View Full Version : IP address vs Virtual Hosting (Domain Name Based)
11-24-2003, 01:28 PM
My web sites are currently being hosted as virtual sites, name based hosting. This means each site has the same IP address - and they are sorted by the domain name.
I was told this would be a problem with Google ranking. Is this true?
11-24-2003, 02:27 PM
My web sites are currently being hosted as virtual sites, name based hosting. This means each site has the same IP address - and they are sorted by the domain name. I was told this would be a problem with Google ranking. Is this true?
Not true at all. But it does make it easier for Google to detect crosslinking.
12-01-2003, 12:09 PM
Thanks for your reply. If I have 2 domains pointing to one site, would this be considered crosslinking? I'm not exactly sure what crosslinking is, but from what I read, it is when you point to your own site. Is that correct?
Cross linking has more to do with 2 (or more) pages using the same content pages. It doesn't seem to be as much of a factor as it used to be. Why do you have 2 domains pointing to the same content?
12-04-2003, 09:46 AM
My client starting out with the domain name of thewellnessctr.com but this was too hard for people to remember, so they also purchased wellnessdenver.com. I pointed wellnessdenver.com to thewellnessctr.com -- so both domains go to the same web site and therefore have the same IP address.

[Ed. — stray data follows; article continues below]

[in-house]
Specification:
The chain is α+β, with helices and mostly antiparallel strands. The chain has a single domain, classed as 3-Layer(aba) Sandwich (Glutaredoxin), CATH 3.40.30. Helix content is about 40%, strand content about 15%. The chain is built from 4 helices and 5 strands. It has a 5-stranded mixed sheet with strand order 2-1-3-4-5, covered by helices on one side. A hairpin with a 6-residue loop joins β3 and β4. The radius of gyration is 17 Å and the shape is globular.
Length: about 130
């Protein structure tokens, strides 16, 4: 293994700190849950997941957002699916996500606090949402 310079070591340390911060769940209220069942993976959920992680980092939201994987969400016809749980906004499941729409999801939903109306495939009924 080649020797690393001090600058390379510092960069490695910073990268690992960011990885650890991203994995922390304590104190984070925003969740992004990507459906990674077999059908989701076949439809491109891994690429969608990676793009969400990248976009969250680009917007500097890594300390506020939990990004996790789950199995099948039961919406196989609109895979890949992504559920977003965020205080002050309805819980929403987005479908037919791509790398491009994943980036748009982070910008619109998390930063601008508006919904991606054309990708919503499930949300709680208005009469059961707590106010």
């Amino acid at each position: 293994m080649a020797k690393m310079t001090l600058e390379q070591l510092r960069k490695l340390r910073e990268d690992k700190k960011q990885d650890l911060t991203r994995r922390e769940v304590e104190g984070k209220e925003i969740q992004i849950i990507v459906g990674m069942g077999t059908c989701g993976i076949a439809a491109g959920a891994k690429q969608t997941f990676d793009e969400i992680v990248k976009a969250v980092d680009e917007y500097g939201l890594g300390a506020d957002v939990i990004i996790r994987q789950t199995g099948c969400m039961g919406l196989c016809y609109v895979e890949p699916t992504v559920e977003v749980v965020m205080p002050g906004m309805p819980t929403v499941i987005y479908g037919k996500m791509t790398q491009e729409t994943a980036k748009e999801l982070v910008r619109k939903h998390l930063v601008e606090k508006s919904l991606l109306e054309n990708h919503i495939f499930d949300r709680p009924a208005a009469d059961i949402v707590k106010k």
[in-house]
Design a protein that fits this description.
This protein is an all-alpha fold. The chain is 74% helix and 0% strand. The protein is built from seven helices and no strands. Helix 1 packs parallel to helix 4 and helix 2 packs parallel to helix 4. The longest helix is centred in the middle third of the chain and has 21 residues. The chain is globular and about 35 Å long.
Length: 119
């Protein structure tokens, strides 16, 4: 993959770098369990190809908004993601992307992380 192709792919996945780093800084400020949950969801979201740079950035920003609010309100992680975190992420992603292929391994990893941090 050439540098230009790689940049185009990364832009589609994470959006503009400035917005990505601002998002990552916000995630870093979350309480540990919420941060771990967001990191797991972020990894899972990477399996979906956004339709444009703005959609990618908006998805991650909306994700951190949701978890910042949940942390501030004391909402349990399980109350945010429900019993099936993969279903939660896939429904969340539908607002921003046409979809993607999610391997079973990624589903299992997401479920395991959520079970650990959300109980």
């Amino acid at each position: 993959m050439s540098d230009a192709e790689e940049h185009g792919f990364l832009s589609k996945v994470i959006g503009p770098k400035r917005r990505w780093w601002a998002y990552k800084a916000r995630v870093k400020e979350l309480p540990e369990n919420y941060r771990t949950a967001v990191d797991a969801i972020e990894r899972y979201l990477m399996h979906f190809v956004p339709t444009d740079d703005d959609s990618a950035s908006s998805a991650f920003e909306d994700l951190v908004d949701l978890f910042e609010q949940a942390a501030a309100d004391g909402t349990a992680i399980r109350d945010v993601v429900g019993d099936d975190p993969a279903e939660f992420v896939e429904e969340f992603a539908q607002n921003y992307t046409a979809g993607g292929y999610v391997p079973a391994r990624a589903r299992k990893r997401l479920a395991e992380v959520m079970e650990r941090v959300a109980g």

Thanks for your help!
Karen, how are you pointing one domain to the other. Are you saying that the thewellnessctr.com is the actual url and the other is what...a redir of some kind? You're not using 2 index pages then?
12-07-2003, 03:57 PM
don't worry about that. If I understand you right, your client does shift from one domain to another. All newly published material is going under the WellnessDenver.com name. Correct?
In this case just ask your hosting company for a global redirect (mod_redirect in apache) and Google will pick it up in a few month. Once all new pages show up in Google (and other search engines), your client can stop supporting the old domain at all.
Unless they have really a lot of older clients out there, that might have the old address bookmarked. Also people who linked to you from their web-site might still use the old domain.
But you can monitor the logs of the old domain. Look at the referrer entry. This tells you where people came from (direct == bookmark or typed in). Talk to all web-masters that link to the old domain and ask them to switch to the new one (some won't be able/willing, if it is a publication for example). Once the hits on the old domain do taper off, let the domain expire.